In this example we implement a lower-endian (LE) protocol. This means that in converting to a byte array from a 16-bit or larger integer we have to place the LSB first, as is done in the function intToByteArray(). We also add a message length indicator at the beginning of the message we’re sending in the form of an int, extending the message by 4 bytes.

Reading the response and interpreting it is similar:

		// wait for response. This is a blocking example.
		byte[] responseBytes = new byte[5];
		int bytesRead = 0;
		try {
			bytesRead = mInputStream.read(responseBytes, 0, 4);
		} catch (IOException e1) {
			e1.printStackTrace();
		}

		if (bytesRead != 5) {
			// communication error. Abort.
			return;
		}

		// the fifth byte now contains the value of the response code. 0 means OK, everything else is an error.
		short responseCode = (short) responseBytes[4];
		if (responseCode != 0) { return; }

This is a brief and naive sample which just has to read a single response, skipping the message length indicator and reading just five bytes. In a more complex application you would convert the individual sections of the byte array to their respective formats (strings, ints, etc.) and verify them. For this you would use a function to invert from LE-order byte array to BE-order int such as the following:

	// Writes provided 4-byte array containing a little-endian integer to a big-endian integer.
	public static final int byteArrayToInt(byte[] value) {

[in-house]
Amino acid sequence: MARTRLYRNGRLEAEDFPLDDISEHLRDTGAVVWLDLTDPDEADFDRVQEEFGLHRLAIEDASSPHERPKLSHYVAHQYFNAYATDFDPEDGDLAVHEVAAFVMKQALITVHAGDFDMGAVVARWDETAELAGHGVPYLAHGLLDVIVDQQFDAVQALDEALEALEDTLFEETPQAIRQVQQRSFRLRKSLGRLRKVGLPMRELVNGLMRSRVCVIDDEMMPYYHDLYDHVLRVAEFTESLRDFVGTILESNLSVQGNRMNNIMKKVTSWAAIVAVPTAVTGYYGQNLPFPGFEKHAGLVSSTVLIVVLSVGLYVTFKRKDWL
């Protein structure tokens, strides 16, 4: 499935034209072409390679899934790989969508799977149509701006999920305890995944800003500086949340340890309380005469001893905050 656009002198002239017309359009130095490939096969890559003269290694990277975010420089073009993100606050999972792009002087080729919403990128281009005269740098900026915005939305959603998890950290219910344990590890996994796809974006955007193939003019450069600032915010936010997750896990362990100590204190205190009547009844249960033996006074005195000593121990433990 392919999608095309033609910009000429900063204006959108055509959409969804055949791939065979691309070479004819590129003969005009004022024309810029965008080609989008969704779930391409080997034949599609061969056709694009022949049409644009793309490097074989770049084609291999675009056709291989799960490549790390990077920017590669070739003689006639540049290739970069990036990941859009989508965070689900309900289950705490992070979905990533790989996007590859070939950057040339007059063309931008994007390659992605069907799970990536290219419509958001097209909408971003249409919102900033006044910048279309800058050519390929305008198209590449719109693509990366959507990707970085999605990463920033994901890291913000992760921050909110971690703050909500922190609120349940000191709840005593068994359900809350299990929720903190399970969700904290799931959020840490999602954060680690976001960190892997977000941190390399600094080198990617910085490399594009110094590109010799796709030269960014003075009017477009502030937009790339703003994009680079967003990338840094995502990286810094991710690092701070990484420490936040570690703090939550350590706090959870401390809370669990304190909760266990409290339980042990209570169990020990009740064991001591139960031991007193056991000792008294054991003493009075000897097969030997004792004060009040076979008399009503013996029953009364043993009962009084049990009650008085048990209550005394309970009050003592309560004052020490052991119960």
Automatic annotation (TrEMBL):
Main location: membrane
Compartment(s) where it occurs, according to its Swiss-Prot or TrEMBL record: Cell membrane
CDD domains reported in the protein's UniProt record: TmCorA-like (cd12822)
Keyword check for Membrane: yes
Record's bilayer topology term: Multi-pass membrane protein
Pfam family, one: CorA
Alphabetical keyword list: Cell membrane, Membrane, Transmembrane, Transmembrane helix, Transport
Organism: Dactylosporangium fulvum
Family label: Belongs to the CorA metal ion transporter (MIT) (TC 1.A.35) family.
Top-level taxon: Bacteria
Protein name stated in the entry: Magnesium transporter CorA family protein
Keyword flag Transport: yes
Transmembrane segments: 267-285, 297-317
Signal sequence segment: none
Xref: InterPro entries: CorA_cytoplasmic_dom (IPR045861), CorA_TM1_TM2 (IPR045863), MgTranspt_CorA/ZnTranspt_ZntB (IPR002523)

int ret = ((value[0] & 0xFF) << 24) | ((value[1] & 0xFF) << 16) |
					((value[2] & 0xFF) << 8) | (value[3] & 0xFF);

		return ret;
	}

In many ways it’s ironic that bit shifts and bitwise operators are the way to go with a language which profiles itself as a high-level language, but such is the result of the design choices made. While it is true that the above byte array-oriented code could be encapsulated by fancy classes which would take the tediousness out of implementing such a protocol, in essence they would do the exact same as detailed above. With the upcoming Java 8 release unsigned integers will be introduced for the first time in a limited manner, but for most projects (including Android-based ones) it’s not an option to upgrade to it.

For reference, the above code is used in an actual project I’m working on and is as far as I am aware functional. I can however not accept any liability for anything going haywire, applications crashing, marriages torn up or pets set on fire. Any further checks and handling of errors is probably an awesome idea to make the code more robust.

Maya

MSAA And IA2 Accessibility In Qt

February 15, 2013 5 comments

A few months ago I was approached by someone who wanted to have a fairly basic app developed. Nothing special there. What was special was that this person is blind and required the application to work well with his favourite screen-reader software (Window Eyes). After an initial meddling around with a basic Win32 GUI application I decided that I could much more easily do this in Qt, assuming that accessibility there worked as intended. This resulted in a quick and messy crash course into accessibility with the Qt framework.